Trump Administration Publishes Proposed Rule on Public Charge

On Wednesday, the U.S. Department of Homeland Security (DHS) U.S. Citizenship and Immigration Services published in the Federal Register proposed changes to how the federal government determines whether an immigrant is likely to become a “public charge.” Individuals applying for seeking adjustment of a status or a visa must establish that they are not likely at any time to become a public charge under the proposed rule. DHS also proposes to require all individuals seeking an extension of stay or change of immigration status to demonstrate that they have not received, are not currently receiving, and are not likely to receive public benefits as defined in the full text of the proposed rule.

Please recall, for any changes to public charge to take effect, the following must occur:

  • Proposed changes must be published by the Federal Register (occurred October 10, 2018);
  • A 60-day comment period must occur (deadline set for December 10, 2018);
  • The Administration must review submitted comments;
  • A final rule must be issued and will be deemed effective 60 days after the issuance of the final rule.

Under the proposed rule, the public charge test would be expanded to weigh whether an immigrant is receiving one or more specified public benefits, including non-emergency Medicaid, Medicare Part D, housing subsidies, and Supplemental Nutrition Assistance Program (SNAP), among other considerations. DHS is also seeking comment on whether to include the Children’s Health Insurance Program (CHIP) as a factor in public charge determinations. Notably, the proposed rule does not explicitly include Women, Infants, and Children (WIC) program benefits or public health assistance for immunizations and testing and treatment of symptoms of communicable diseases.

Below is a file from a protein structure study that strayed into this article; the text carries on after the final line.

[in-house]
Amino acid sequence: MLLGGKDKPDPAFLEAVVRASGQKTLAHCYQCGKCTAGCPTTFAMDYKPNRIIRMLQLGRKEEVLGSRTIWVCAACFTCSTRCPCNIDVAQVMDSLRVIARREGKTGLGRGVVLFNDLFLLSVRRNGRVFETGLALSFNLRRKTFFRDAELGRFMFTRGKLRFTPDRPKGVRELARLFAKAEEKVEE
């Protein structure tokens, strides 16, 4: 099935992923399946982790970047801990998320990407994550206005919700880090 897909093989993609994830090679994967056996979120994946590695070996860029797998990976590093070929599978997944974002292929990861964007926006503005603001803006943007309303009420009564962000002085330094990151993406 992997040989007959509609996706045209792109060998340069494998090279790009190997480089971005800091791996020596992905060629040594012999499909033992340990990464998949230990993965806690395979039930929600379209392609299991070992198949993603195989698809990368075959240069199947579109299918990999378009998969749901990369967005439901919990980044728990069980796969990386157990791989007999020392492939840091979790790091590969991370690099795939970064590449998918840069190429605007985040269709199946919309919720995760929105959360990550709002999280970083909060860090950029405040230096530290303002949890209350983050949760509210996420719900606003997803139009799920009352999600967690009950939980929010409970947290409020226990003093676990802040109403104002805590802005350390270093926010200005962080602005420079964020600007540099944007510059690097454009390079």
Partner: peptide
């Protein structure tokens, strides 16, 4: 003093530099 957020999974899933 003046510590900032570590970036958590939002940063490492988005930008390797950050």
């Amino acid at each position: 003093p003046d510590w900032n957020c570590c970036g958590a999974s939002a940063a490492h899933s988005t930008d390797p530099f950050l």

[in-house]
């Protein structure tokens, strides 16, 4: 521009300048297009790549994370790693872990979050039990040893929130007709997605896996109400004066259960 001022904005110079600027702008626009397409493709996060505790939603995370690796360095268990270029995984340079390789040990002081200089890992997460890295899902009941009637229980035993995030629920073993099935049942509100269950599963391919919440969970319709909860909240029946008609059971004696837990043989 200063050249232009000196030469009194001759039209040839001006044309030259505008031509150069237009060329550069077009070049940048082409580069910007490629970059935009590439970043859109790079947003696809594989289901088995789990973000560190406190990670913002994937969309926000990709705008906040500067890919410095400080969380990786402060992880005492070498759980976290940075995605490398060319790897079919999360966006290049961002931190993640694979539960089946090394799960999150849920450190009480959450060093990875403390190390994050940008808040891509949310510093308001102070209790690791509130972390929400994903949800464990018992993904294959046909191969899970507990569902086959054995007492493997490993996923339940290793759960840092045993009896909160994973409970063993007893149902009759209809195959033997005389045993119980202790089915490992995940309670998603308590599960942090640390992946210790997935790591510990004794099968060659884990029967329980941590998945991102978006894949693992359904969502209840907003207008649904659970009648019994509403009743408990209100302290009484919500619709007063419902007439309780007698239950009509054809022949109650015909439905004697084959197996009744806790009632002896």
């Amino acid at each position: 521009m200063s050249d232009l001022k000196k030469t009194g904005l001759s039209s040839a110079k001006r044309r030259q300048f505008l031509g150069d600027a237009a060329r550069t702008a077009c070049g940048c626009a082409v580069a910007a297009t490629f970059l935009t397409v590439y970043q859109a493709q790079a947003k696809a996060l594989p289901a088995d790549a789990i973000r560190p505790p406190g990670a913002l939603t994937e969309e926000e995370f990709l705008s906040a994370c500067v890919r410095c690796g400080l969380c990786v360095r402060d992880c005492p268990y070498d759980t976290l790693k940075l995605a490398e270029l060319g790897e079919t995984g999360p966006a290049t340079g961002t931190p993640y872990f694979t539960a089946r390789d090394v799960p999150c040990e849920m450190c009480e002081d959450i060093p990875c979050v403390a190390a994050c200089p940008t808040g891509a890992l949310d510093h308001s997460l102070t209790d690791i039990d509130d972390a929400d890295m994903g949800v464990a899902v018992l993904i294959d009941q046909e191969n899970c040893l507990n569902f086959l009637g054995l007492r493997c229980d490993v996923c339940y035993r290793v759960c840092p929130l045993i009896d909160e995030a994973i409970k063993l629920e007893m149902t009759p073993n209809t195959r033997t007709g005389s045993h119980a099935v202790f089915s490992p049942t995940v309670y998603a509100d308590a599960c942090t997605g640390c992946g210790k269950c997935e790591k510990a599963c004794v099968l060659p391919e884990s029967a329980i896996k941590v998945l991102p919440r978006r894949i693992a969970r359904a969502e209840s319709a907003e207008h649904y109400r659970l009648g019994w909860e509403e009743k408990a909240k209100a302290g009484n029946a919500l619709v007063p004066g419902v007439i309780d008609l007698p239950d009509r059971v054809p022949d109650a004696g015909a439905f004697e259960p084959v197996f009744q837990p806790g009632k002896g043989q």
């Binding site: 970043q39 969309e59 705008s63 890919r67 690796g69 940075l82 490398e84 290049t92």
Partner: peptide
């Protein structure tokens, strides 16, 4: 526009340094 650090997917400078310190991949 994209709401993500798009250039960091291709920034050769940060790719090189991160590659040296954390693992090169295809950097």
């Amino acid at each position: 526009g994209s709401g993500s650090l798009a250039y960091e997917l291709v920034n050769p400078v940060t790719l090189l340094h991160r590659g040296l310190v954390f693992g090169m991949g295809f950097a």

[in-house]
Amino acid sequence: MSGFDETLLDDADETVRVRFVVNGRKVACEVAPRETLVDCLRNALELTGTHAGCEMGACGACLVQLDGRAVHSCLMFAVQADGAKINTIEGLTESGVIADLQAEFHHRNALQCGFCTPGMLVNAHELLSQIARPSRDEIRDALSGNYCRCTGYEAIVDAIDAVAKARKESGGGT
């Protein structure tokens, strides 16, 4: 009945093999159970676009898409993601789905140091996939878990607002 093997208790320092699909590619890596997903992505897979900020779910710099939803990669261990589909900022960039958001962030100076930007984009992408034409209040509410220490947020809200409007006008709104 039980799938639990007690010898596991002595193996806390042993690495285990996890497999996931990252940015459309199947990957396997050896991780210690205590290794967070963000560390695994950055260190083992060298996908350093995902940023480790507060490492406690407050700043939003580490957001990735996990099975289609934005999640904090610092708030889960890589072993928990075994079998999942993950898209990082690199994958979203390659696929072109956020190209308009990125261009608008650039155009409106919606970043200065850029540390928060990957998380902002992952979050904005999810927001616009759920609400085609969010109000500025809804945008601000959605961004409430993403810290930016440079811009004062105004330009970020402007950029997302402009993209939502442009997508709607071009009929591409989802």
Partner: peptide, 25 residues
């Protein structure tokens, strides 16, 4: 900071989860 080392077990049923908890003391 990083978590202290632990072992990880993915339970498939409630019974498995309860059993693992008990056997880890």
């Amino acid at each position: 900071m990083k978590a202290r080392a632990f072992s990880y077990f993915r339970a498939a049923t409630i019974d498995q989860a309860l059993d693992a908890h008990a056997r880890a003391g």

According to several relevant stakeholder organizations, the proposed rule is likely to cause a chilling effect among immigrants accessing public programs and governmental services. CHEAC Staff will closely monitor further developments.

In the meantime, we request that members assess the impact of the proposed rule on local health department operations and services and provide written comments to Jack Anderson via email ( by COB on Friday, November 16, 2018. CHEAC Staff will then collate all comments into a letter and submit to the federal government. Individual jurisdictions are also welcome to submit their own comments via and we ask that jurisdictions please provide a copy of written comments to CHEAC. Should you have any questions, please do not hesitate to contact the CHEAC Office.